Early on the Thursday morning of Masters week, on the first tee at Augusta National, there will be a small reunion of a dwindling fraternity: the first and only generation of Black men who brought style and talent — and heart and soul — to the PGA Tour.
This is a fraternity without pretense, where caddies and players sup as equals, in part because the players, a good number of them, started as caddies, and the caddies, many of them, could play. The patron saint of this fraternity is the late and great Charlie Sifford, grumpy and wise, for whom Charlie Woods is named.
One of the youngest members of the fraternity is Jim Thorpe. He played in the Masters six times, back in his day, but now he’s 72 and he’ll be outside the ropes on the morning of April 8, 2021. Beside him will be another member, Richard “Jelly” Hansberry, 82, who has worked 38 Masters tournaments, either as a caddie or a CBS spotter. Their eyes will be trained on Lee Elder, 86, one of the oldest surviving members of this remarkable golfing society.
Lee Elder will be on the first tee itself, inside the ropes, just as he was 46 years ago, when he became the first Black man to play in the Masters. Mr. Elder will be an honorary starter for this 83rd Masters, alongside Jack Nicklaus and Gary Player.
On the Thursday of the 1975 Masters, 28 Aprils after Jackie Robinson broke baseball’s color line, Lee Elder broke Augusta National’s. His game — low draw shots right on the face, average length, ordinary putter—got him over one of golf ’s most impenetrable walls, built by racism, its razor ribbon hidden by all those beautiful magnolias. Millions watched as a Tour winner and a sharp dresser from Washington, D.C., desegregated a tournament that celebrates Southern gentility. You better believe Earl Woods was paying attention. Nearly nine months later, Tiger was born.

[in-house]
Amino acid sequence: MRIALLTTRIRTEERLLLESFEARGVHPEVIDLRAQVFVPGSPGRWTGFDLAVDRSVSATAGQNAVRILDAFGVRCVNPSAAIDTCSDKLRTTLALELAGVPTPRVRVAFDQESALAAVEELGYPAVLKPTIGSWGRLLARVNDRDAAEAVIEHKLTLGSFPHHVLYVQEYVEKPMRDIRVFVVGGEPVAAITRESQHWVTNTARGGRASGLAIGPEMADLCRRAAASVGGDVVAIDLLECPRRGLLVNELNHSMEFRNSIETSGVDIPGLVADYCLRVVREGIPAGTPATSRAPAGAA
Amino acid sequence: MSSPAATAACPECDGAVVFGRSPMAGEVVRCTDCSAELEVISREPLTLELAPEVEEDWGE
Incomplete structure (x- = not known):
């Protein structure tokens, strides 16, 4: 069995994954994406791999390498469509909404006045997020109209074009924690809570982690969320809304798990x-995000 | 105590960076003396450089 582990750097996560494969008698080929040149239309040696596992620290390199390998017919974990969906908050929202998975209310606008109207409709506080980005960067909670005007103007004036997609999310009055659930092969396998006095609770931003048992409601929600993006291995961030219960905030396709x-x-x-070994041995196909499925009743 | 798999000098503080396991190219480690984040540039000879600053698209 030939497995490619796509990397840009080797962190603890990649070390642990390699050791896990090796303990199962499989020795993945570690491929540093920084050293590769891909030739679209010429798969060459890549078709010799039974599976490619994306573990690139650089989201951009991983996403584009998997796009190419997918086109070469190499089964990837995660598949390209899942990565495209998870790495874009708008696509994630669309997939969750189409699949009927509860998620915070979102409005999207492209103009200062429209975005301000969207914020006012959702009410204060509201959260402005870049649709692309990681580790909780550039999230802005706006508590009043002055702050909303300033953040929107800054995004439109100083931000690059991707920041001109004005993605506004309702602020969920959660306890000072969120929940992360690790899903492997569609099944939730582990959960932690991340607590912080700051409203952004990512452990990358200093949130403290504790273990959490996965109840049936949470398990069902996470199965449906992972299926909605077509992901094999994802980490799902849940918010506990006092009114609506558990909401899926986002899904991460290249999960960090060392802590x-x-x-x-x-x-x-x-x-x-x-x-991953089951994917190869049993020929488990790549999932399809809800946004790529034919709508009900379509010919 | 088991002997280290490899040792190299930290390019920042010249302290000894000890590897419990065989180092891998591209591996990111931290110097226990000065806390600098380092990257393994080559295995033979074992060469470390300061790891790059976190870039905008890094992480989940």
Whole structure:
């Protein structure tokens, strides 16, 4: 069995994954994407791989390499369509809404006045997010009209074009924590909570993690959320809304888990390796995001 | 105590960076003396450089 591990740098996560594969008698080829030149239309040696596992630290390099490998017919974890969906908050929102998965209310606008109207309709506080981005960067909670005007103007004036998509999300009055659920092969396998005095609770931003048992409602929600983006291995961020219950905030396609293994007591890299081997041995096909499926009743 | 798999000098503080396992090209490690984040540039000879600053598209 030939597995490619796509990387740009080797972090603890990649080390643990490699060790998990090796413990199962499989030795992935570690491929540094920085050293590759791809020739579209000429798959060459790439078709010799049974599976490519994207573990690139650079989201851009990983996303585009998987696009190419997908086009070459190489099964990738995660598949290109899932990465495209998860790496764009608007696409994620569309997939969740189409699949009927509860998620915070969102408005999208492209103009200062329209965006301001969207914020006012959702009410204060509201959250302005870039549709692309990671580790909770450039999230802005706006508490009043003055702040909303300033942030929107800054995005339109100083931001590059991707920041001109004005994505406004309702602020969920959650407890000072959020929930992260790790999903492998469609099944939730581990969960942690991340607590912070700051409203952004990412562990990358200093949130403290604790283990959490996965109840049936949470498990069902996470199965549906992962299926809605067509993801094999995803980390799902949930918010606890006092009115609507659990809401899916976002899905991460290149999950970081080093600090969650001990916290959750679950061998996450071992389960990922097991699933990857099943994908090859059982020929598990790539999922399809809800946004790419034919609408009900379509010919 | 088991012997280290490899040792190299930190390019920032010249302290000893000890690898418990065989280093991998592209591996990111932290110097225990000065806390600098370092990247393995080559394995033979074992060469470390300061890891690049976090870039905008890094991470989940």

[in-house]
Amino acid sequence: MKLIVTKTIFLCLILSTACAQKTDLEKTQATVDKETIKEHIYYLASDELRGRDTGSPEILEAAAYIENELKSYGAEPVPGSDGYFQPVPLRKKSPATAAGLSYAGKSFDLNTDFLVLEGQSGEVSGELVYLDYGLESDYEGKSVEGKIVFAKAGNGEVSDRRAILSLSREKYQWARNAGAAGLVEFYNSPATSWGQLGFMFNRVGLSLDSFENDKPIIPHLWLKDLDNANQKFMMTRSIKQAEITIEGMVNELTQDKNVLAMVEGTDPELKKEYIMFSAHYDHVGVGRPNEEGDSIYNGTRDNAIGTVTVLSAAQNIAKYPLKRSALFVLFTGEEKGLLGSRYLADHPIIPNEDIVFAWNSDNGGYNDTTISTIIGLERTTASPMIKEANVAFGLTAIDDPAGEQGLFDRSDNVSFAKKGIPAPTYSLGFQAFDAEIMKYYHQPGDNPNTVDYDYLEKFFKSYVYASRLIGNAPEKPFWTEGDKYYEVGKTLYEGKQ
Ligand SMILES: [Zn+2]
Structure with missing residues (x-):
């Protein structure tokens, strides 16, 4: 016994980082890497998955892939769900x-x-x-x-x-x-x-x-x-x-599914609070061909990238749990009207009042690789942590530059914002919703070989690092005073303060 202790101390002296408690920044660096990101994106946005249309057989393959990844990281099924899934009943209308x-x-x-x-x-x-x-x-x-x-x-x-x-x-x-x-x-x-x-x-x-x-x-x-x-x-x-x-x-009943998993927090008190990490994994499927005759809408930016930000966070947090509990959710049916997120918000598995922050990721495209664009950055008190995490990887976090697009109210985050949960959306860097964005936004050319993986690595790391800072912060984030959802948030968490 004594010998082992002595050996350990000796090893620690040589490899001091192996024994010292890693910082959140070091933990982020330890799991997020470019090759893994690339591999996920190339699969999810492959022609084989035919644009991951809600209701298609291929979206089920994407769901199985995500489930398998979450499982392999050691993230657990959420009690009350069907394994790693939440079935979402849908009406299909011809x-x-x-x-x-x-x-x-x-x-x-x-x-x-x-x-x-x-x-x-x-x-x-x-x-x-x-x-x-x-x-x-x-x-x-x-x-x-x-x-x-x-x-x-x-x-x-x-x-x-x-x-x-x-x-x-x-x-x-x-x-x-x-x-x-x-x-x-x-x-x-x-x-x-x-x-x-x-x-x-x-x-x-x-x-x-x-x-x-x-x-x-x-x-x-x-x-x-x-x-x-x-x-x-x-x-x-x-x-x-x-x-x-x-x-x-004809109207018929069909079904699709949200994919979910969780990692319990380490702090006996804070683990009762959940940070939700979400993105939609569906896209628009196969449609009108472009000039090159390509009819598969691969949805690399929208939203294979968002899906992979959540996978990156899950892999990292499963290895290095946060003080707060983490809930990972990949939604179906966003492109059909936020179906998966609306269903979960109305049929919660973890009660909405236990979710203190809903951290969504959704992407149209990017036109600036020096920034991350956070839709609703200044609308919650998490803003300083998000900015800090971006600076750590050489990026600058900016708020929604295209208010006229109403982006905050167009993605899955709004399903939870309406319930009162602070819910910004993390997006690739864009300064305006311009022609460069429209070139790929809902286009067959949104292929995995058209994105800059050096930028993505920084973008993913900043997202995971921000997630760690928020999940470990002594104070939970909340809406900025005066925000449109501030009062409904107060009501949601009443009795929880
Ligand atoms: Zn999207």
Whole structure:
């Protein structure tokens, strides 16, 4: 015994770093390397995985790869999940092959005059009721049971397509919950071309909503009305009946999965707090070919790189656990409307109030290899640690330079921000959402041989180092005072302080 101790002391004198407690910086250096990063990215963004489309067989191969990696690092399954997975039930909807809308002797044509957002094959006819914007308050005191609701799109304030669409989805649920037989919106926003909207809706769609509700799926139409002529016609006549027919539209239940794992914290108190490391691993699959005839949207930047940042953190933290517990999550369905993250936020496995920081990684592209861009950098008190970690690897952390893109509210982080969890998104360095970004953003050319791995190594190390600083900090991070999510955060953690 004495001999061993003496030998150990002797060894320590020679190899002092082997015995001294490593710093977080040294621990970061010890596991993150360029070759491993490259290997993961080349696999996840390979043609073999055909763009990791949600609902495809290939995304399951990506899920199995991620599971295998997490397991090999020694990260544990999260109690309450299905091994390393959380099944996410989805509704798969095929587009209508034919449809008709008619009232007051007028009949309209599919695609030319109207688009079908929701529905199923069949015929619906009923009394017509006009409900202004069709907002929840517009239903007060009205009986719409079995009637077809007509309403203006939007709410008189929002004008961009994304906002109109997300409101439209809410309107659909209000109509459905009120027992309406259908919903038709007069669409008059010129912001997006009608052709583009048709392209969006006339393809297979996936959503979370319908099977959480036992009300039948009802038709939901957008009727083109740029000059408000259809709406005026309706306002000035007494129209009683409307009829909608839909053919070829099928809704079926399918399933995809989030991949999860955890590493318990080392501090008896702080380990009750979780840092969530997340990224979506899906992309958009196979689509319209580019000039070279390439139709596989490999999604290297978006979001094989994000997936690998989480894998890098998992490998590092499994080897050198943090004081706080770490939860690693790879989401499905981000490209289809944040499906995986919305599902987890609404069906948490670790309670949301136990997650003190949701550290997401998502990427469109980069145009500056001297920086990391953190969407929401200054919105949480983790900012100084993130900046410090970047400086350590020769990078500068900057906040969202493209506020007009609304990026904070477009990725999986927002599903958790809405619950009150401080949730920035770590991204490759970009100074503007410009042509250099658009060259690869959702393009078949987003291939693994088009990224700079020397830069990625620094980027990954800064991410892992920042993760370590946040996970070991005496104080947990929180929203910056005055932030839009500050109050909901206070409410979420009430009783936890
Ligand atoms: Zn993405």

Jelly Hansberry, Jim Thorpe’s caddie and Lee Elder’s friend, was there in ’75, as Lee’s guest. We were talking about the Black golf tour, run by the United Golfers Association, as he remembered it from the ’60s. “Our three big events were in Winston-Salem, Greensboro and Asheville,” Jelly said. In other words, in North Carolina. He described rough greens, fierce play — and how Lee Elder dominated that tour, not that the spoils were any great thing. “And now,” he said, skipping ahead a decade or so, “we’re driving down Magnolia Lane.”
“There was Lee Elder. You knew he grew up playing on cow pastures, with clubs he found, and now he’s going toe-to-toe with Jack Nicklaus.”
Everybody at Augusta — the members, the players, the club’s waiters, all of them Black — went out of their way to be welcoming.
“They were serving us lunch on paper plates and we thought that was funny,” Jelly said. They looked around. Everybody else was eating off paper plates too. Gary Player was the defending champion at Augusta in ’75.
Jack Nicklaus won that year, two days after Lee Elder missed the cut. Elder won the 1971 Nigerian Open and on that same trip to Africa, amid the stranglehold of apartheid, Elder played in the South Africa Open and the South Africa PGA Championship. Gary Player helped pave his way. But to skirt the law, Elder was, by South Africa governmental decree, made an “honorary white.”
Jim Thorpe remembers when Lee Elder made that trip. He remembers Lee at the ’75 Masters. He remembers his brother Chuck telling him, in the early 1960s, that Lee Elder was the toughest closer on the UGA circuit. (Thorpe is part of a group trying to rekindle the UGA.) But to him, August 11, 1968, is the most significant date in the Lee Elder timeline. On that Sunday, after four rounds in the American Golf Classic in Akron, Ohio, Elder, a 34-year-old PGA Tour rookie, was in a tie for the lead, with 280. Wouldn’t you know it, Jack Nicklaus had shot 280 too. They tied the first hole of the sudden-death playoff, then the second, the third, the fourth. Fans were climbing trees to watch. Nicklaus won on the fifth. In Jim Thorpe’s mind, Lee Elder won. A Black golfer had gone the distance with Big Jack.
“I was living that summer with an uncle in Baltimore. He had a TV,” Jim told me. “And there’s Lee Elder. You knew he grew up playing on cow pastures, with clubs he found, and now he’s going toe-to-toe with Jack Nicklaus.”
Lee Elder cleared Jim Thorpe’s path to Augusta National, and now the club is bringing Lee Elder back. Jim Thorpe and Jelly Hansberry will follow him there. So will we.
Michael Bamberger may be reached at Michael.Bamberger@Golf.com.